4 Reasons Project Management Is Hard
From the outside, project management seems easy. After all, it’s just knowing what needs to be done, ensuring every piece of a complex puzzle moves at the right time, and that everyone is happy.
Oh sure, the technical aspects of project management appear to be well defined — tasks, budgets, dependencies, risks, and methods. But, a successful project manager has knowledge the technology, business objectives, and, yes, project management techniques, too. A successful project manager also must have some crucial soft skills.
The project manager navigates a landscape littered with unknowns, threading the needle through the constraints of scope, schedule, and budget, and working with sometimes conflicting needs of the customer, upper management, and team. What could be hard about that?
1. IT and software development projects are hard
Right off the bat, let’s admit that IT and software development projects are particularly hard. It’s not even the tech. You’re not necessarily building the thing, after all, so technical knowledge aside, here are a few reasons why that’s the case.
The project is usually doing something new. Let’s think about this like building a house. If you have a blueprint, then you’re halfway there (kinda). But, IT project managers often start at the idea stage. What if your architect wants to rethink the entire idea of a house — materials, layout, features, and location. That’s often what projects turn into.
If you want software that’s been created before, you can generally buy it off the shelf. But, often times you’re not building something with a clear analog, which means you need to communicate even more thoroughly with the stakeholders.
The problem and solution space are often not well understood. When a solution space is well understood, it gets captured in a framework. If that’s the case, you can use off-the-shelf development methods, hardware, or cloud-based service. It gets hard when the focus shifts to creating more complex, less well-understood things using common tools.
The customer doesn’t have a clear idea of what they want. In most domains, upfront specification documents are incomplete and far from final. The customer’s understanding of what they want will evolve and deepen over the course of the project, particularly when they see the early versions you produce.
The business environment changes as you work. The realities of global competition and rapid technological change are particularly visible in IT and software development. This contributes to the volatility of the project’s goals and operating constraints. Everything can be made obsolete in an instant — and it’s hard to pivot late in the process.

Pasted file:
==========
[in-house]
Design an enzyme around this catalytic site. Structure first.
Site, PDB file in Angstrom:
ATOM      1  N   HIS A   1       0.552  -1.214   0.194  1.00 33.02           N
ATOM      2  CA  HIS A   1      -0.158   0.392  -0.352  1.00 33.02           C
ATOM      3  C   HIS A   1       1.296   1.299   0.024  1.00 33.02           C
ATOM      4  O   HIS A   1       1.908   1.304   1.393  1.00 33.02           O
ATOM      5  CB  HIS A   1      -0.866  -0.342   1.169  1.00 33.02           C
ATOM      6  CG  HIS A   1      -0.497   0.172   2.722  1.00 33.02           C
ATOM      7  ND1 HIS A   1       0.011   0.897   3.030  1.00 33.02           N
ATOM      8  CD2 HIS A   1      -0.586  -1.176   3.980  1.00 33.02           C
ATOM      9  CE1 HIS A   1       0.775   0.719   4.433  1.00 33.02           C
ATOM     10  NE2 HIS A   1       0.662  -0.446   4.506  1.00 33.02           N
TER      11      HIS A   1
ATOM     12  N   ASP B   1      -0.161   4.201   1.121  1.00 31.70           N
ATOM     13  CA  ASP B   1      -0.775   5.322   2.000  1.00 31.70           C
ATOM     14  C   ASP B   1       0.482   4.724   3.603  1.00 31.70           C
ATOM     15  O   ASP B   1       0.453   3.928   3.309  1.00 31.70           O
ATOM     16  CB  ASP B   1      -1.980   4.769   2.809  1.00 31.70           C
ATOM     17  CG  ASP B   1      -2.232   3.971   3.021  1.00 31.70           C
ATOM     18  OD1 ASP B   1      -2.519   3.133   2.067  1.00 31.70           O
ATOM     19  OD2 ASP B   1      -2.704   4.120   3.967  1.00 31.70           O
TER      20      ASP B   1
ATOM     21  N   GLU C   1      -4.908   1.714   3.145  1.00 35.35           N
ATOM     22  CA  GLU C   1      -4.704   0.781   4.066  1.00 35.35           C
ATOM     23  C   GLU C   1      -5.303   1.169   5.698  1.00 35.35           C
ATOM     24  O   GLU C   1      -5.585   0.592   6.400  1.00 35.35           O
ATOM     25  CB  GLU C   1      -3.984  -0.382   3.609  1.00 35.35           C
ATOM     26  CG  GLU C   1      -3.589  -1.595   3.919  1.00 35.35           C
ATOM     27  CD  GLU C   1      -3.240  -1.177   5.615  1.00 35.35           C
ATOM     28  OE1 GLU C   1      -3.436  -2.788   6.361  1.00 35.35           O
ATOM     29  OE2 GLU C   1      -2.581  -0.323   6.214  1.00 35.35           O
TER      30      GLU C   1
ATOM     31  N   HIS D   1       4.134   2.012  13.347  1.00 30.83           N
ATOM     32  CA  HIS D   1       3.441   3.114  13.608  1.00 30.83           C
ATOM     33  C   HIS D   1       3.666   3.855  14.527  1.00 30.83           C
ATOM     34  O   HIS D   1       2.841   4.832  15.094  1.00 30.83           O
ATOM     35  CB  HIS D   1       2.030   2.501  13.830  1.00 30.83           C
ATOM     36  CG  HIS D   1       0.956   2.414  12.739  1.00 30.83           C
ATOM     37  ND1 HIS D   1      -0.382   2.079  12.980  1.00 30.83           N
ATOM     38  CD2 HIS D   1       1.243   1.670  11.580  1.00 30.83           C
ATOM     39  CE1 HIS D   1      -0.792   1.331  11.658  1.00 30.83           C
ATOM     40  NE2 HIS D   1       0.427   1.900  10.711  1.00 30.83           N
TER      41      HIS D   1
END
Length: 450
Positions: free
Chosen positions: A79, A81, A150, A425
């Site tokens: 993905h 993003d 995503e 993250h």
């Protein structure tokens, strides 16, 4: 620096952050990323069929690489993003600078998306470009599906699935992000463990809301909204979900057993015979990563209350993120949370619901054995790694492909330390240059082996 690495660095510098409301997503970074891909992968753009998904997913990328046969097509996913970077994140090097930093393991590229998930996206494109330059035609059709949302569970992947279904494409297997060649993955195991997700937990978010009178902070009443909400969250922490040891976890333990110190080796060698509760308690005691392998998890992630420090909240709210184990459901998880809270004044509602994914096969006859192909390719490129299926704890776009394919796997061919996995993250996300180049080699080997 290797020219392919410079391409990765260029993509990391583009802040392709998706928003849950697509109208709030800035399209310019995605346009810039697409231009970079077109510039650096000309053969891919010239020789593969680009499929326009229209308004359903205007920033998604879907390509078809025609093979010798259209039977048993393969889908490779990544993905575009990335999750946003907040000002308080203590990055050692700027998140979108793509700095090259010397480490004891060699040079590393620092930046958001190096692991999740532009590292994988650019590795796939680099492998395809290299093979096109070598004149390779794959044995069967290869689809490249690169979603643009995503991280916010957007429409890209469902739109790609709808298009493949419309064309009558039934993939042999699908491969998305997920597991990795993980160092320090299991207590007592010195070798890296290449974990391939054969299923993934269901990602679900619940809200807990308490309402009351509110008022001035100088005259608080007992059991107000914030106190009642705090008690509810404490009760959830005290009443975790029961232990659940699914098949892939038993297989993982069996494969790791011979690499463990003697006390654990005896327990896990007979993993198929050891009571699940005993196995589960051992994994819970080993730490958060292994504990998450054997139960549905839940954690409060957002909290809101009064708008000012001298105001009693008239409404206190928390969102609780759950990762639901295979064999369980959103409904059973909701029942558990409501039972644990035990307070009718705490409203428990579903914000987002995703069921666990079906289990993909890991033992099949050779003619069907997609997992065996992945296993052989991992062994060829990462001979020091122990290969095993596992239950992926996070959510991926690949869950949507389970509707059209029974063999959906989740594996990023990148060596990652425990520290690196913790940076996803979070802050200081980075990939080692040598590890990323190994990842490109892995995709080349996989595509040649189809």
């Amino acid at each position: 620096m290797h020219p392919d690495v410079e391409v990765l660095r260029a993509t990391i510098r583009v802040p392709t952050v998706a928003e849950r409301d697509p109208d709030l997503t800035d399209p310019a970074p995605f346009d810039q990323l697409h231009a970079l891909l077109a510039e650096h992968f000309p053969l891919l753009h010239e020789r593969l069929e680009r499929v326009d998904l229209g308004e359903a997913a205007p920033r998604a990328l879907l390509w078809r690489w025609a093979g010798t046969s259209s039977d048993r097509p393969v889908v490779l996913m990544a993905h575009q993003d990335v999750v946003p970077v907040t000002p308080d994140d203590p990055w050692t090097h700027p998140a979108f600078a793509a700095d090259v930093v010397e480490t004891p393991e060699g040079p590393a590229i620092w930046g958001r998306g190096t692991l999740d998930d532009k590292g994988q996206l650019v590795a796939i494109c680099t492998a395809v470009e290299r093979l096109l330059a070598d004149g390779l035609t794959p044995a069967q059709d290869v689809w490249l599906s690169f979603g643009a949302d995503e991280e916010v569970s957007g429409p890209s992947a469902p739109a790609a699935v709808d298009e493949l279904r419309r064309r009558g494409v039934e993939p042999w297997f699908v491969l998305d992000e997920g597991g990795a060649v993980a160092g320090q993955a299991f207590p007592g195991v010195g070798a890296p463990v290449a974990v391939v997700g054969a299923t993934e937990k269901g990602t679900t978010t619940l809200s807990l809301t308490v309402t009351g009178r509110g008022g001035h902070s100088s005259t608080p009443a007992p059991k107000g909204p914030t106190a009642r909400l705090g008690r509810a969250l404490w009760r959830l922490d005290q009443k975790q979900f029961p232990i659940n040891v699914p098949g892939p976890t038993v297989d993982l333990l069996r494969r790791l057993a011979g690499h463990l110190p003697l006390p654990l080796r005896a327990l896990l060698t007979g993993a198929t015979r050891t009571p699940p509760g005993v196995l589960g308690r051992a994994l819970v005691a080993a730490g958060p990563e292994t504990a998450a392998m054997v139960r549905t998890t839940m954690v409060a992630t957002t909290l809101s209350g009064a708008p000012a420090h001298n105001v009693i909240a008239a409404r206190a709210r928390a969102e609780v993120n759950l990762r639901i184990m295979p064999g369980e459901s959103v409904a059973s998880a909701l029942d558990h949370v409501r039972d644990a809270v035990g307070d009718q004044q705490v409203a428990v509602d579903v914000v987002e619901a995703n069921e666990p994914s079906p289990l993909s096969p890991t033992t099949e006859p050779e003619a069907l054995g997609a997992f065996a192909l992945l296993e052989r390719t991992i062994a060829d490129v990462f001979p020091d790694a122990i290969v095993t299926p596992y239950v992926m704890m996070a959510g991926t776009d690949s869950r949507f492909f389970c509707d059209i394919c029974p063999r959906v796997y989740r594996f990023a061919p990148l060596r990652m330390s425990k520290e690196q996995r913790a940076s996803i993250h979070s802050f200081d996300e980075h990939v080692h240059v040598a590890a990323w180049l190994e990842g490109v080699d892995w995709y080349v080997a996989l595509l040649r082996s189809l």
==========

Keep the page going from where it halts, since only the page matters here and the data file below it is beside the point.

2. Organizing is hard
The project manager must ensure that every piece of a complex puzzle moves at the right time, bringing together and orchestrating the people and resources needed to achieve the project’s goals.
A project manager is much like the conductor of an orchestra, attempting to keep many people coordinated, while not playing over each other. Like an orchestra, there may be some prima donnas on the team and some panicky or reckless newbies.
But the music to be performed is not spelled out ahead of time — the team knows some of the characteristics of the hoped-for final result, but not all, and that list will evolve over the life of the project. That’s not to say project management is more jazz than orchestra. You might have to riff every so often but still remain in key.
Because projects are often complex, a successful project manager foresees approaching obstacles and repeatedly removes impediments to productivity.
Some team members can see project managers as obstacles to getting work done, or sources of useless overhead and interfering micromanagement. In contrast, effective project managers are nearly invisible, only noticed when their absence results in grinding gears.
3. Seeing the big picture is hard
To orchestrate effectively, the project manager must know what needs to be done, and how it’s going to get done. Early on, knowing the big picture involves planning: Pinning down project goals, what the project will achieve for the business; and figuring out the steps required to get there within the constraints. Thereafter, knowing the big-picture status is key to course-correcting: Tracking progress toward the goals, diagnosing problems, and implementing solutions to get back on track.
The project manager is generally not the product architect, who knows the details of what the pieces of the product must do, and how those pieces must interface with each other. But the project manager knows what the product must accomplish, and how to get it done.
The project manager must be alert to how the big picture of the project’s status and its environment are changing. This makes it possible to adapt creatively and continue to drive the project toward success.
4. The human factor is hard
People, not charts and tasks and spreadsheets, are the key to project success. As a leader, the project manager must communicate the project’s goals, keep the team motivated and in the groove, and resolve conflict.
Can a project manager ensure that everyone is happy? The project manager sits at the fulcrum, interfacing with the team, the customer, and upper management. To each one, the project manager often must represent the interests of the others. And the project manager must sometimes disagree with each of them, because the project manager is uniquely charged with the success of the project, and must be the adult in the room.
Project management is important
So, yeah, project management is hard. Things change. People leave. Stakeholders disagree. You might be operating in a blue sky environment, straightforward technological realm, or both. But the success of projects of all sorts is critical to businesses and our modern world, so successful project managers are unsung heroes and we need more of them.